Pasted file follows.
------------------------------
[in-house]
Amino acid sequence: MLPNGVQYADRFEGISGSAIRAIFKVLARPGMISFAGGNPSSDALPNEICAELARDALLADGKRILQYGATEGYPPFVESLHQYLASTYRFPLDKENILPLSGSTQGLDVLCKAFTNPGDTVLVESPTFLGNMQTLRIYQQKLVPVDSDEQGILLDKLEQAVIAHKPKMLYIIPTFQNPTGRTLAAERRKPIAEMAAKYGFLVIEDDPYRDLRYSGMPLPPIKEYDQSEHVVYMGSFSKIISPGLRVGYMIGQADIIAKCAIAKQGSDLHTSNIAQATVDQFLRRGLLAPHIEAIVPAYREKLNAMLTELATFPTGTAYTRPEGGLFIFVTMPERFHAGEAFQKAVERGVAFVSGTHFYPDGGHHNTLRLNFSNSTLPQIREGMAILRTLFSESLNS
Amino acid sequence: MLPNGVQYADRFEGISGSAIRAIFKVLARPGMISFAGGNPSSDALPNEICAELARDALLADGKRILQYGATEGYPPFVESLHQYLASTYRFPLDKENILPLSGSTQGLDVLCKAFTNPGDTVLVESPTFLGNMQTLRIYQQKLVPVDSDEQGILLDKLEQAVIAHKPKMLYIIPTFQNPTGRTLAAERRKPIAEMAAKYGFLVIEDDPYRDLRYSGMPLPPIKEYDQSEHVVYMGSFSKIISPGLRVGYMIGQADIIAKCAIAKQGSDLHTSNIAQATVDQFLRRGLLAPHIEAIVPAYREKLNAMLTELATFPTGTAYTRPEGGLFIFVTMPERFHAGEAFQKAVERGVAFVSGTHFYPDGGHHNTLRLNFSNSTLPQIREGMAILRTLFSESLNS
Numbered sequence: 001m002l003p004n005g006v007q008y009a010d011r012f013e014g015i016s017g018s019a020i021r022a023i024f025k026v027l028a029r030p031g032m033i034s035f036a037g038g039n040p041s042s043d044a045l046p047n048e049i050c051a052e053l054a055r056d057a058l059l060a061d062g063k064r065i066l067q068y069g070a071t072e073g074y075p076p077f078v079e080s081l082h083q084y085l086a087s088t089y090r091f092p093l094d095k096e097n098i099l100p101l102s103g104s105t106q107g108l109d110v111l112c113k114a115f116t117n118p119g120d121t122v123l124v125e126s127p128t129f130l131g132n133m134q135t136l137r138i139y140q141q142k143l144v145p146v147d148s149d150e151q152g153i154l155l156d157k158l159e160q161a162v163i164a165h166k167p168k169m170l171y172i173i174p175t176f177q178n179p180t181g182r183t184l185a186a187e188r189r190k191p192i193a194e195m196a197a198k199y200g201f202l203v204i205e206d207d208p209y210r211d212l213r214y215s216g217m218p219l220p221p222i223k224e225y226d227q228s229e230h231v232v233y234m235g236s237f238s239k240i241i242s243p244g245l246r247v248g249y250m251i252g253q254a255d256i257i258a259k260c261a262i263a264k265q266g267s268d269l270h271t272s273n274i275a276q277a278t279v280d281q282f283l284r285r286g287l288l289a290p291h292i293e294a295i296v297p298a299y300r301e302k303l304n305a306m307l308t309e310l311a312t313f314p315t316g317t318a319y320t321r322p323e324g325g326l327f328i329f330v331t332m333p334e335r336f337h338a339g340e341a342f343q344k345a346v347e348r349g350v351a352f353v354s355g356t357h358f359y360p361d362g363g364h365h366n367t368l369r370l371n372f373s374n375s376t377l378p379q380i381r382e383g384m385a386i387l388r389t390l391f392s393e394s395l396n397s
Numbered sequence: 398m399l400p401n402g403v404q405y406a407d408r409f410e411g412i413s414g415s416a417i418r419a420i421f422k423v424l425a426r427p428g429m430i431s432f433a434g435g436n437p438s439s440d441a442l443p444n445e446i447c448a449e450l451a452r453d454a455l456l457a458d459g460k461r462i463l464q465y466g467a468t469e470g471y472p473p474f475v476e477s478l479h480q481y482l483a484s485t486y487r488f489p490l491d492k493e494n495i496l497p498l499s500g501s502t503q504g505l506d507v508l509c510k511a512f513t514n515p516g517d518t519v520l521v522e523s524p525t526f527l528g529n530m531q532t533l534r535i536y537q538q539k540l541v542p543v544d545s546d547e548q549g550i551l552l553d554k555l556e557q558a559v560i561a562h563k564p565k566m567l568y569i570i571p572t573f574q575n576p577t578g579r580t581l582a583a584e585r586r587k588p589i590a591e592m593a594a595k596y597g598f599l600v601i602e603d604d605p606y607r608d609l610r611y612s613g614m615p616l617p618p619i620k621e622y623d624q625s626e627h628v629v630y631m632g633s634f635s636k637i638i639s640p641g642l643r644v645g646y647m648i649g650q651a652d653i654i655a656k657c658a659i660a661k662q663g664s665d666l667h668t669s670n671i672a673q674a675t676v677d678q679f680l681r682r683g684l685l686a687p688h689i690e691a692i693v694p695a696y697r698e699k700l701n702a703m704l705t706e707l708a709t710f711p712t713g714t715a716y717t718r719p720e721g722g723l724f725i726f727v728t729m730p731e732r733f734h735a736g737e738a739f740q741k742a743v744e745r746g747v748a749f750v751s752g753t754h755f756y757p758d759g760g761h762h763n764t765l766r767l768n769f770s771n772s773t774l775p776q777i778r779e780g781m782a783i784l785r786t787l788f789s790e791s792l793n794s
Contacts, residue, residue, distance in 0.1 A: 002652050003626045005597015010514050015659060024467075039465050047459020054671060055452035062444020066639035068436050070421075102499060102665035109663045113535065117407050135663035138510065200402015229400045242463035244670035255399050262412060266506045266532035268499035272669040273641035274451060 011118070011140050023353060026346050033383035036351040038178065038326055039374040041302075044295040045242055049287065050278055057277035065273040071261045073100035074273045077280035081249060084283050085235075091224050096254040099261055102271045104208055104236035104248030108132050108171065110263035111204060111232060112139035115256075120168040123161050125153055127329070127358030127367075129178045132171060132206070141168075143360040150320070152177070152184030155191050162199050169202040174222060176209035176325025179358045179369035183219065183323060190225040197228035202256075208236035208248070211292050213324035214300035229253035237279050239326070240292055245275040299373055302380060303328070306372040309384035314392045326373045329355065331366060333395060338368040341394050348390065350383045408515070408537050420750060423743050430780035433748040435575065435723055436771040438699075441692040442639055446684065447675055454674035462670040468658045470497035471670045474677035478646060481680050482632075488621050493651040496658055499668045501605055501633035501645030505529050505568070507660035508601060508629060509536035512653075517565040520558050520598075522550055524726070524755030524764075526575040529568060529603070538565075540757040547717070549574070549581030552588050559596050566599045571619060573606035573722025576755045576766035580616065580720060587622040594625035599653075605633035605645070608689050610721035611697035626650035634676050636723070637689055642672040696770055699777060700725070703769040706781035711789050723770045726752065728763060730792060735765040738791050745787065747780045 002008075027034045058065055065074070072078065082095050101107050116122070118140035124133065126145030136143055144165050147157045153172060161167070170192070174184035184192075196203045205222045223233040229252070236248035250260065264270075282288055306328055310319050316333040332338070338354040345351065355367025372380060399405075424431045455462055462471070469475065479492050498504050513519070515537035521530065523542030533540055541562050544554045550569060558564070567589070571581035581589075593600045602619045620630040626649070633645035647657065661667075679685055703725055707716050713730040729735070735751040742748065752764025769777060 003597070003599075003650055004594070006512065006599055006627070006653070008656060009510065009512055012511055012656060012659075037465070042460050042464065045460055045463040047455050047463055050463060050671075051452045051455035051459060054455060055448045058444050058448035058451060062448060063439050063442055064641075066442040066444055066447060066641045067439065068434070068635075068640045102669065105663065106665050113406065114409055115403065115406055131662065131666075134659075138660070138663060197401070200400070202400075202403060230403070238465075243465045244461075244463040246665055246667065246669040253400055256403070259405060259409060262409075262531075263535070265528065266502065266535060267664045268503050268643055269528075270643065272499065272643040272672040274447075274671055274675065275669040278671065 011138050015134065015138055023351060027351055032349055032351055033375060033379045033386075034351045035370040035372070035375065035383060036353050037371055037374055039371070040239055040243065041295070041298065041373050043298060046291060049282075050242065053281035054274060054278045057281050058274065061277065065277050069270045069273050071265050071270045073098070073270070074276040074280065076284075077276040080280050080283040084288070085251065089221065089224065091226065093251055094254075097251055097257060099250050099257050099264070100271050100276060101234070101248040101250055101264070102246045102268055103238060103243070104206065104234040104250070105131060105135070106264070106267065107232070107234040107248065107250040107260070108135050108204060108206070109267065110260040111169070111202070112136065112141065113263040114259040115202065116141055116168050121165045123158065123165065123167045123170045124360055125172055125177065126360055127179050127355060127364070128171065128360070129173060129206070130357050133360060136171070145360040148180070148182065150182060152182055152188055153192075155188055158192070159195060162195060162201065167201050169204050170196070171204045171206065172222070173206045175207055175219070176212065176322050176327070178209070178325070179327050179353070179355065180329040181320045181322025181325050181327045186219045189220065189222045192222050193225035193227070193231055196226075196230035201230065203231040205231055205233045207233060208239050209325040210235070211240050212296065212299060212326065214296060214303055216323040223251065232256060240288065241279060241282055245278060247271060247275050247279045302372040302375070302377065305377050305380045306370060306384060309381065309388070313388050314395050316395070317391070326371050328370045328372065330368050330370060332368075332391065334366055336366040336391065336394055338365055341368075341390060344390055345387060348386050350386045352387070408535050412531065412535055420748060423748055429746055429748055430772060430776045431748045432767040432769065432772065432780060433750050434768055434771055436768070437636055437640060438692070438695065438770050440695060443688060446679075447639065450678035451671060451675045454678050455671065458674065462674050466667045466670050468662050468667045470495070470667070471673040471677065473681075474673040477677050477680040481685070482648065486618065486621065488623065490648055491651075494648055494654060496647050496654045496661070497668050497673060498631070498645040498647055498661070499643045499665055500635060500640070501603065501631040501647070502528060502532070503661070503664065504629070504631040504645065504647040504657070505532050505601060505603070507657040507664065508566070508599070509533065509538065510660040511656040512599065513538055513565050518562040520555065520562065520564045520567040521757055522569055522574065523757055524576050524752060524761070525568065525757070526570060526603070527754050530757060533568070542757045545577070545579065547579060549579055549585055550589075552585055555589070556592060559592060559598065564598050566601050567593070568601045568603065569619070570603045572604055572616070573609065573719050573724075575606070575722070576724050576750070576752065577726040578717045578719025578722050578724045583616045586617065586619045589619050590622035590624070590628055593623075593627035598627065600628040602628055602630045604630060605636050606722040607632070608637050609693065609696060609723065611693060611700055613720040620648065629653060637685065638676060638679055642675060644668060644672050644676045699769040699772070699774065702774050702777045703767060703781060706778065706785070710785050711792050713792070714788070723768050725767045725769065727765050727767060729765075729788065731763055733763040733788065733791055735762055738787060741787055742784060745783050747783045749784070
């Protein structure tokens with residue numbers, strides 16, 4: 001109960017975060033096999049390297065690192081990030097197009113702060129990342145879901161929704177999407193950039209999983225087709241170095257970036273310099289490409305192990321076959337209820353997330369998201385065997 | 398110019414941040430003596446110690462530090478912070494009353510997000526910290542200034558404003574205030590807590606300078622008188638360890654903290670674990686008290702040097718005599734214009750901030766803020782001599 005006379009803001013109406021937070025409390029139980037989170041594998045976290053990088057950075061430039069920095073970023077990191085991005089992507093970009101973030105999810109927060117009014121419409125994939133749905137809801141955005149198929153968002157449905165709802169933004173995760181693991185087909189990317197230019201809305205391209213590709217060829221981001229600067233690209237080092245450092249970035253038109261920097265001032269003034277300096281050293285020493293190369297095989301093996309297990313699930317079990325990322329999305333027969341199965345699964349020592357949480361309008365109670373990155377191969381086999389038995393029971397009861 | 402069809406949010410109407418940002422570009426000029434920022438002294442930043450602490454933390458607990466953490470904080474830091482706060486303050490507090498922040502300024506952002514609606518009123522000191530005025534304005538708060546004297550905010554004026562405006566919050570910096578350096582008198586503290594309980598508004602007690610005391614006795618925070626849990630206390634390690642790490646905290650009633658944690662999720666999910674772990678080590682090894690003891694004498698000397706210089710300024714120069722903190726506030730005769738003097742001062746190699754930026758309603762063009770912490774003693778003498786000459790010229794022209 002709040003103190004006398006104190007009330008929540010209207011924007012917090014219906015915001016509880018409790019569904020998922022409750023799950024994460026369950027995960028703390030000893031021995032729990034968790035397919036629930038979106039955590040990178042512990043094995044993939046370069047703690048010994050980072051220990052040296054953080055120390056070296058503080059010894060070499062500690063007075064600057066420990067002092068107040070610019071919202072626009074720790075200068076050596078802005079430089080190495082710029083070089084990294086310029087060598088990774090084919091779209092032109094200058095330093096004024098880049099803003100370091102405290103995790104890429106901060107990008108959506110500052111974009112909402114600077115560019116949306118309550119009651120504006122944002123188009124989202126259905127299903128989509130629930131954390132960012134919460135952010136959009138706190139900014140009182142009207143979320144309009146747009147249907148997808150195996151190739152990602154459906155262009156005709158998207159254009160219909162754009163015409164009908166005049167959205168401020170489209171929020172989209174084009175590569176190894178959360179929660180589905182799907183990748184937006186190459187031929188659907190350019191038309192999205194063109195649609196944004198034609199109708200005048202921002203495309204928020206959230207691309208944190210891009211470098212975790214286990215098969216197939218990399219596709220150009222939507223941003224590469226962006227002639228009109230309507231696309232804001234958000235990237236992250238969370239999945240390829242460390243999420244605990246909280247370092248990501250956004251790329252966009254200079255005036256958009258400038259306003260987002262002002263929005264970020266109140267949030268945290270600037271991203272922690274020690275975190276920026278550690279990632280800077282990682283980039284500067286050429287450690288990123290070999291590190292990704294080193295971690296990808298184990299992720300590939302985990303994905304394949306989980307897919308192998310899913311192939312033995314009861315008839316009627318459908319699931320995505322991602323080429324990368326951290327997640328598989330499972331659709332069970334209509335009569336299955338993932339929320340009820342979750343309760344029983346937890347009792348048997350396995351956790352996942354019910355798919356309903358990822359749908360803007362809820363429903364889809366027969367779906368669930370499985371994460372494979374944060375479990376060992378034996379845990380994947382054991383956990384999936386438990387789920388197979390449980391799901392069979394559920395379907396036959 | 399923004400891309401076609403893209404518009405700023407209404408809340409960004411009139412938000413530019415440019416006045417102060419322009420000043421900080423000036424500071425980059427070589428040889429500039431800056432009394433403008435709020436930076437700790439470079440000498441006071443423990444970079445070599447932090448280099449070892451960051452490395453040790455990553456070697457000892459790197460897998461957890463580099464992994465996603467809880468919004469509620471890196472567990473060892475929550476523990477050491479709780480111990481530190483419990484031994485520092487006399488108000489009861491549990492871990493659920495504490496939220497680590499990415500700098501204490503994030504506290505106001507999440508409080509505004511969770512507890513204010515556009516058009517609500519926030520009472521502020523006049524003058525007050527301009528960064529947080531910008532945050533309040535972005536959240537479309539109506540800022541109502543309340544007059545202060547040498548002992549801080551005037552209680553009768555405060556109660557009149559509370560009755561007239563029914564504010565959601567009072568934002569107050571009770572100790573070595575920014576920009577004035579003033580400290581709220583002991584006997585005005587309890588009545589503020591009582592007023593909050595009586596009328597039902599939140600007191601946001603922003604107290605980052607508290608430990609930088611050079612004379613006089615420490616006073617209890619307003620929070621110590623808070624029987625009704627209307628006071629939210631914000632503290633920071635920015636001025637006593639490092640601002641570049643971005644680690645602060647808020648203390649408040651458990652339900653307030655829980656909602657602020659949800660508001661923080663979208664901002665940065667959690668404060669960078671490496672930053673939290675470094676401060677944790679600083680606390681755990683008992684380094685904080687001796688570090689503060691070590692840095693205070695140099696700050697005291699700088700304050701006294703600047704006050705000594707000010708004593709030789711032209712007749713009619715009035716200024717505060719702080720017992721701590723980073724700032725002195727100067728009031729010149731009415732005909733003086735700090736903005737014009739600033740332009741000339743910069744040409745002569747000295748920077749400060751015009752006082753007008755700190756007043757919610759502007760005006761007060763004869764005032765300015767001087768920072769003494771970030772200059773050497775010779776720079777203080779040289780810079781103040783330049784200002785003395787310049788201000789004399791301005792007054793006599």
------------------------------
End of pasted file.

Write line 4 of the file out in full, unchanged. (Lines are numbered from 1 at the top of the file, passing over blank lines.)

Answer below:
Numbered sequence: 001m002l003p004n005g006v007q008y009a010d011r012f013e014g015i016s017g018s019a020i021r022a023i024f025k026v027l028a029r030p031g032m033i034s035f036a037g038g039n040p041s042s043d044a045l046p047n048e049i050c051a052e053l054a055r056d057a058l059l060a061d062g063k064r065i066l067q068y069g070a071t072e073g074y075p076p077f078v079e080s081l082h083q084y085l086a087s088t089y090r091f092p093l094d095k096e097n098i099l100p101l102s103g104s105t106q107g108l109d110v111l112c113k114a115f116t117n118p119g120d121t122v123l124v125e126s127p128t129f130l131g132n133m134q135t136l137r138i139y140q141q142k143l144v145p146v147d148s149d150e151q152g153i154l155l156d157k158l159e160q161a162v163i164a165h166k167p168k169m170l171y172i173i174p175t176f177q178n179p180t181g182r183t184l185a186a187e188r189r190k191p192i193a194e195m196a197a198k199y200g201f202l203v204i205e206d207d208p209y210r211d212l213r214y215s216g217m218p219l220p221p222i223k224e225y226d227q228s229e230h231v232v233y234m235g236s237f238s239k240i241i242s243p244g245l246r247v248g249y250m251i252g253q254a255d256i257i258a259k260c261a262i263a264k265q266g267s268d269l270h271t272s273n274i275a276q277a278t279v280d281q282f283l284r285r286g287l288l289a290p291h292i293e294a295i296v297p298a299y300r301e302k303l304n305a306m307l308t309e310l311a312t313f314p315t316g317t318a319y320t321r322p323e324g325g326l327f328i329f330v331t332m333p334e335r336f337h338a339g340e341a342f343q344k345a346v347e348r349g350v351a352f353v354s355g356t357h358f359y360p361d362g363g364h365h366n367t368l369r370l371n372f373s374n375s376t377l378p379q380i381r382e383g384m385a386i387l388r389t390l391f392s393e394s395l396n397s